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Potential uses of probiotics in clinical practice.
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Potential uses of probiotics in clinical practice.

Author: G Reid Affiliation: Canadian Research and Development Centre for Probiotics, The Lawson Health Research Institute, London, Ontario N6A 4V2, Canada. gregor@uwo.ca; J Jass; MT Sebulsky; JK McCormick
Edition/Format: Article Article : English
Publication:Clinical microbiology reviews, 2003 Oct; 16(4): 658-72
Database:From MEDLINE®/PubMed®, a database of the U.S. National Library of Medicine.
Other Databases: ArticleFirstBritish Library Serials
Summary:
Probiotics are defined as live microorganisms that, when administered in adequate amounts, confer a health benefit on the host. There is now mounting evidence that selected probiotic strains can provide health benefits to their human hosts. Numerous clinical trials show that certain strains can improve the outcome of intestinal infections by reducing the duration of diarrhea. Further investigations have shown  Read more...
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Details

Document Type: Article
All Authors / Contributors: G Reid Affiliation: Canadian Research and Development Centre for Probiotics, The Lawson Health Research Institute, London, Ontario N6A 4V2, Canada. gregor@uwo.ca; J Jass; MT Sebulsky; JK McCormick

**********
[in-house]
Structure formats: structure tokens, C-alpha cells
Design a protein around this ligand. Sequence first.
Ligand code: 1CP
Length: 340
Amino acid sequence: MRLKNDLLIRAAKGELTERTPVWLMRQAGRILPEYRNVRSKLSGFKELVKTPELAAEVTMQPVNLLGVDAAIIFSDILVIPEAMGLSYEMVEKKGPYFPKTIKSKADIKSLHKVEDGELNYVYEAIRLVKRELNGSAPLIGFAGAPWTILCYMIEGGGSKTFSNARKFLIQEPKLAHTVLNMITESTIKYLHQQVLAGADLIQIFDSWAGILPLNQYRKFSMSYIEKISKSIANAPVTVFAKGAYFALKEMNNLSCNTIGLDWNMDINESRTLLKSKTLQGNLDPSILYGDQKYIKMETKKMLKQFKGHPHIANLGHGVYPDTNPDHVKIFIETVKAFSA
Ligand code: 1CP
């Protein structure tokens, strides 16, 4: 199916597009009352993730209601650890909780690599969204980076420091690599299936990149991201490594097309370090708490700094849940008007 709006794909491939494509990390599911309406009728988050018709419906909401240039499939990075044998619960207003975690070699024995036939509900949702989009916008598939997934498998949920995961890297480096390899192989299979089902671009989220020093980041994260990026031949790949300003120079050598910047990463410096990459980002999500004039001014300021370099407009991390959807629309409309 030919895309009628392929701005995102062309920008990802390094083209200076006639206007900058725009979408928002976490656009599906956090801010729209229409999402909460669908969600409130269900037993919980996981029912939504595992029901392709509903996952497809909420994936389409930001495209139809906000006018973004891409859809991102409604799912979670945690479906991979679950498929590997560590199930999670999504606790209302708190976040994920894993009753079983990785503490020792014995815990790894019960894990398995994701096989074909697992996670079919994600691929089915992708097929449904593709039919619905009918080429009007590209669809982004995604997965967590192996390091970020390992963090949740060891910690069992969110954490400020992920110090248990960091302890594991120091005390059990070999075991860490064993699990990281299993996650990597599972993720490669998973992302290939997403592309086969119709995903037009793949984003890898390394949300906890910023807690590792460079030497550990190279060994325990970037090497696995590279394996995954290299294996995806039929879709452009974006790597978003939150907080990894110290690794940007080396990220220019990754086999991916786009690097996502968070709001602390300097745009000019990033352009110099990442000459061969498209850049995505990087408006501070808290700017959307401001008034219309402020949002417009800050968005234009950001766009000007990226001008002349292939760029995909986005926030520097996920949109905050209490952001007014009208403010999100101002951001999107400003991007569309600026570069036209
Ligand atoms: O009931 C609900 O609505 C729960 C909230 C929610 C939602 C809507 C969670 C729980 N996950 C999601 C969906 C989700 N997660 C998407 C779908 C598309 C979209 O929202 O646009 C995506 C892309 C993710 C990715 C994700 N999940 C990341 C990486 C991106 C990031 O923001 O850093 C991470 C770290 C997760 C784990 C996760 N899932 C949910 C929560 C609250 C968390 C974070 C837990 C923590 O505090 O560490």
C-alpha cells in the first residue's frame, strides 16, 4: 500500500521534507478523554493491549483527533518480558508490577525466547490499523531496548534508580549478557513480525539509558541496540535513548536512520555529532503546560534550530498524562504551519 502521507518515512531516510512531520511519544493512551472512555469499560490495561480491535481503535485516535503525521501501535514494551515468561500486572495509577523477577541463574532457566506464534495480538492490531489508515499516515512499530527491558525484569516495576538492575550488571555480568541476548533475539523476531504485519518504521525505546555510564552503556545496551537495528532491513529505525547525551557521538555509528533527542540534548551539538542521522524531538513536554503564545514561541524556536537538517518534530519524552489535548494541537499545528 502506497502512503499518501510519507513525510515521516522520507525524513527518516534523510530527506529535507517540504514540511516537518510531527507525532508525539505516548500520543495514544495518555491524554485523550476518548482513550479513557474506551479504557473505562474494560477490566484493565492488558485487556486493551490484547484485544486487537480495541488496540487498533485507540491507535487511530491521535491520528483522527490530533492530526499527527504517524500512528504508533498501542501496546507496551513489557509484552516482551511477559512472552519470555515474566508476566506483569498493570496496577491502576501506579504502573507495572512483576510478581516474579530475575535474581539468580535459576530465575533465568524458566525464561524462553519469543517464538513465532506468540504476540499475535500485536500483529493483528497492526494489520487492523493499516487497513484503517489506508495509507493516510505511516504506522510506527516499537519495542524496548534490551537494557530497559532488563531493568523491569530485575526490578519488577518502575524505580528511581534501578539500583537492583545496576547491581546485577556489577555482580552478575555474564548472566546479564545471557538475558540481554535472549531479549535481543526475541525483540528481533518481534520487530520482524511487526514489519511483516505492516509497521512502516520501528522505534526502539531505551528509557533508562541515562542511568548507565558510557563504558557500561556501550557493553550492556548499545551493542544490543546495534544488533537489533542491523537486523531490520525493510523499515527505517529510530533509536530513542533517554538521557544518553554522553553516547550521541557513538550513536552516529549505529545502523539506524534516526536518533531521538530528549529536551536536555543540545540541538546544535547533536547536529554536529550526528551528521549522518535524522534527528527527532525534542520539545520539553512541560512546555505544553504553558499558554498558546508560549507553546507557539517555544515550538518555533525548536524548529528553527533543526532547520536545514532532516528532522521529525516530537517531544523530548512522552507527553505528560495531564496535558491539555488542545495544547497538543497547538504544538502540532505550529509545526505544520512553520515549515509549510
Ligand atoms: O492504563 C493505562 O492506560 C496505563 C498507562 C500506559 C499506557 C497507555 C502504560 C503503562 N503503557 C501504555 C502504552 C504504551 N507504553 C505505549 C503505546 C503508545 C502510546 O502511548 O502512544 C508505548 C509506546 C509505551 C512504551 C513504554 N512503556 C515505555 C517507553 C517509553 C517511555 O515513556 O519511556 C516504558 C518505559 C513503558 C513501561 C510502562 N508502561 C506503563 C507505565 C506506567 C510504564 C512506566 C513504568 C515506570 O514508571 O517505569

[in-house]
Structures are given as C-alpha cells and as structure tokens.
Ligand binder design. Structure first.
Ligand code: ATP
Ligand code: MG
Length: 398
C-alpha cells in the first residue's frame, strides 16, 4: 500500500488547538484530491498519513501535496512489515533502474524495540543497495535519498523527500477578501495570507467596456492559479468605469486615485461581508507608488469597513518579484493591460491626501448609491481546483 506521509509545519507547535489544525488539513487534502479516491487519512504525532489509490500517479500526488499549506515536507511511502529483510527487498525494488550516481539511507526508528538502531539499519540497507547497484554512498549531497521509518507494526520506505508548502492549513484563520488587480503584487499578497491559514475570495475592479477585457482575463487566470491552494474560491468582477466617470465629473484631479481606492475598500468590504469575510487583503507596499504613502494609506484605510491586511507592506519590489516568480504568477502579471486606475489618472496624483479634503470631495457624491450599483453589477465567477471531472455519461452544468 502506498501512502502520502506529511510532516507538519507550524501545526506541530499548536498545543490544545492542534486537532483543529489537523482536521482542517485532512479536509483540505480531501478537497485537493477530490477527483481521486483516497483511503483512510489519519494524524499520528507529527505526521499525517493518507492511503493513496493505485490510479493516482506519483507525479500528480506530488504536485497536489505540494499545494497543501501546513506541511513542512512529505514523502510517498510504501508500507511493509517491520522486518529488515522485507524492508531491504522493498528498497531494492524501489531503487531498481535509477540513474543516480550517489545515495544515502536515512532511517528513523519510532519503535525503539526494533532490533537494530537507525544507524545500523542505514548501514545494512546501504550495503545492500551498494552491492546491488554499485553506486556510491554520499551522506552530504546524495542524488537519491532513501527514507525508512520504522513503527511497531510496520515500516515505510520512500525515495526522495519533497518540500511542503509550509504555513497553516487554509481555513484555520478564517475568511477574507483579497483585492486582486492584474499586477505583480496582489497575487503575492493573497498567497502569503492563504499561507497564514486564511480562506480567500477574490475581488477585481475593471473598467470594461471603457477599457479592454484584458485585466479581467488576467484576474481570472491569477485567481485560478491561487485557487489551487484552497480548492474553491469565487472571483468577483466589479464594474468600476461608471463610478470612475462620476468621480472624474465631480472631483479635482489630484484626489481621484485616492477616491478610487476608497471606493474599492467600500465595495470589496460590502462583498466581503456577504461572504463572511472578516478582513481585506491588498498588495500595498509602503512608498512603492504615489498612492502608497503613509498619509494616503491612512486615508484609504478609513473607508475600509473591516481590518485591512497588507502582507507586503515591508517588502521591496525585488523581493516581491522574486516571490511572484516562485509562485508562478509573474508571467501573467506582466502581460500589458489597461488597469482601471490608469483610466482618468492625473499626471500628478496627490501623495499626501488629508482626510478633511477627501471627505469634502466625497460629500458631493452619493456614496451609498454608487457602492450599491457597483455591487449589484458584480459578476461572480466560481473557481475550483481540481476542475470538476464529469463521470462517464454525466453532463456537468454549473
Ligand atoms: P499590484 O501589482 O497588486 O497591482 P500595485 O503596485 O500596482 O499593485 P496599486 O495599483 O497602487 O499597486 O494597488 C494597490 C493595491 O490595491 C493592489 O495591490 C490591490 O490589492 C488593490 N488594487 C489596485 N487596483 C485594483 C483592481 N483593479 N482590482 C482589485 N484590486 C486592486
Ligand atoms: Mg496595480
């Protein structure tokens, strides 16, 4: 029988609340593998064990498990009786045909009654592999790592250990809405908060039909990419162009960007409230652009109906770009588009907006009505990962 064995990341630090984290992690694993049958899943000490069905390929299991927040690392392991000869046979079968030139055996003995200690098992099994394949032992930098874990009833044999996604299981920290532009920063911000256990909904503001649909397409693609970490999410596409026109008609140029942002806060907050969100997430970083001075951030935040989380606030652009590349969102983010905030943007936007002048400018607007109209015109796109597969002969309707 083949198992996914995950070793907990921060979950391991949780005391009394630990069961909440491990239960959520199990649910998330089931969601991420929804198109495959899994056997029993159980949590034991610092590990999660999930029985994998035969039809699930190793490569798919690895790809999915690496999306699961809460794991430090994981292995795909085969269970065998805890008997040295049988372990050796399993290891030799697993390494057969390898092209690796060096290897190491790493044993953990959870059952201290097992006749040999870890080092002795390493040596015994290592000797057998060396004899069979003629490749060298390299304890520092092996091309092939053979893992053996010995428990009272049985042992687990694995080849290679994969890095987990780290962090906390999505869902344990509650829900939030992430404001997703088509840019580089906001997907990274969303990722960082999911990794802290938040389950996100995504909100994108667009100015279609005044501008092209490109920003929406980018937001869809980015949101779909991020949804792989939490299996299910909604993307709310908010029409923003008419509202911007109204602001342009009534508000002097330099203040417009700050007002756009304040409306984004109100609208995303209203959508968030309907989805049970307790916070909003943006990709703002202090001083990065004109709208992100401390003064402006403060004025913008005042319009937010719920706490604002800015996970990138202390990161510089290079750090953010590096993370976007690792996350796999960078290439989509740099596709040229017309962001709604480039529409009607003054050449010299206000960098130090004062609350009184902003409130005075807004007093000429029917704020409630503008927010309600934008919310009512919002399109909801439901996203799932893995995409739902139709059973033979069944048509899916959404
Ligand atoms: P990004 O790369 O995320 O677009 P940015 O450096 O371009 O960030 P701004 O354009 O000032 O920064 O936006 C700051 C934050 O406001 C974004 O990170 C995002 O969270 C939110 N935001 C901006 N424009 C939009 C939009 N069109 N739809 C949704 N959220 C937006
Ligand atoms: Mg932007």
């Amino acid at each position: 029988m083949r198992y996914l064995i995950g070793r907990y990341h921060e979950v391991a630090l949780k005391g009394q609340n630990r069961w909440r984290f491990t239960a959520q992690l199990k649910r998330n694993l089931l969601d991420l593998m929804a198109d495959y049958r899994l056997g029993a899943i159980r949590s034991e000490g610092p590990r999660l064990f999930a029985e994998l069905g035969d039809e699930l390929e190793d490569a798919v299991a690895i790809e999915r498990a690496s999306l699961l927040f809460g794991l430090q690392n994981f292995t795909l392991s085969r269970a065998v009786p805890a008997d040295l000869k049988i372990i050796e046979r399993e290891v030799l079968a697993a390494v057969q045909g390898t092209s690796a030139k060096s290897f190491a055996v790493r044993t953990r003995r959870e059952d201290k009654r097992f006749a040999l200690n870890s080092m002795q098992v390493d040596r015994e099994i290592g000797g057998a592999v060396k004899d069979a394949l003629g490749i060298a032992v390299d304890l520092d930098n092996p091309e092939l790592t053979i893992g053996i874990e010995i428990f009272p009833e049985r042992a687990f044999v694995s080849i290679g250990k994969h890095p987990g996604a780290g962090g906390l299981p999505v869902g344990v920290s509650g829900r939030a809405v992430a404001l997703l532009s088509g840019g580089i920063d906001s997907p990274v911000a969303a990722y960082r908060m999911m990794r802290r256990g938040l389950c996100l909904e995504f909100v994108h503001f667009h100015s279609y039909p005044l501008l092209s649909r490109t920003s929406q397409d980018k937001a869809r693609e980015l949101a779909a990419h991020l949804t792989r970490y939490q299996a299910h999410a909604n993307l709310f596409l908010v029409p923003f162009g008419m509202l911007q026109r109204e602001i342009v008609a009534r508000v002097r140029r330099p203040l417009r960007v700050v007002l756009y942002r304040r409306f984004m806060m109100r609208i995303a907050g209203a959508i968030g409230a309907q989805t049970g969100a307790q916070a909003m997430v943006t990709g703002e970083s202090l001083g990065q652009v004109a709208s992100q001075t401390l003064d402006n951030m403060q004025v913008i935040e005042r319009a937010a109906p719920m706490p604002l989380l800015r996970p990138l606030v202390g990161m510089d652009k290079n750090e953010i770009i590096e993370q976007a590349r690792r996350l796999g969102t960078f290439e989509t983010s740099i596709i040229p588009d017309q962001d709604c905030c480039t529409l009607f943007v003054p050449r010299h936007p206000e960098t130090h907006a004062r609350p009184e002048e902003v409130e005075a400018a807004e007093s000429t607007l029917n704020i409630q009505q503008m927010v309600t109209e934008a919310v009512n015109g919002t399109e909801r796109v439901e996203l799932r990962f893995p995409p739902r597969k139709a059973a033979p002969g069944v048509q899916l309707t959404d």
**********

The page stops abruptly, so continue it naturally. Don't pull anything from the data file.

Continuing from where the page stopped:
ISSN:0893-8512
Language Note: English
Unique Identifier: 112477496
Awards:

Abstract:

Probiotics are defined as live microorganisms that, when administered in adequate amounts, confer a health benefit on the host. There is now mounting evidence that selected probiotic strains can provide health benefits to their human hosts. Numerous clinical trials show that certain strains can improve the outcome of intestinal infections by reducing the duration of diarrhea. Further investigations have shown benefits in reducing the recurrence of urogenital infections in women, while promising studies in cancer and allergies require research into the mechanisms of activity for particular strains and better-designed trials. At present, only a small percentage of physicians either know of probiotics or understand their potential applicability to patient care. Thus, probiotics are not yet part of the clinical arsenal for prevention and treatment of disease or maintenance of health. The establishment of accepted standards and guidelines, proposed by the Food and Agriculture Organization of the United Nations and the World Health Organization, represents a key step in ensuring that reliable products with suitable, informative health claims become available. Based upon the evidence to date, future advances with single- and multiple-strain therapies are on the horizon for the management of a number of debilitating and even fatal conditions.

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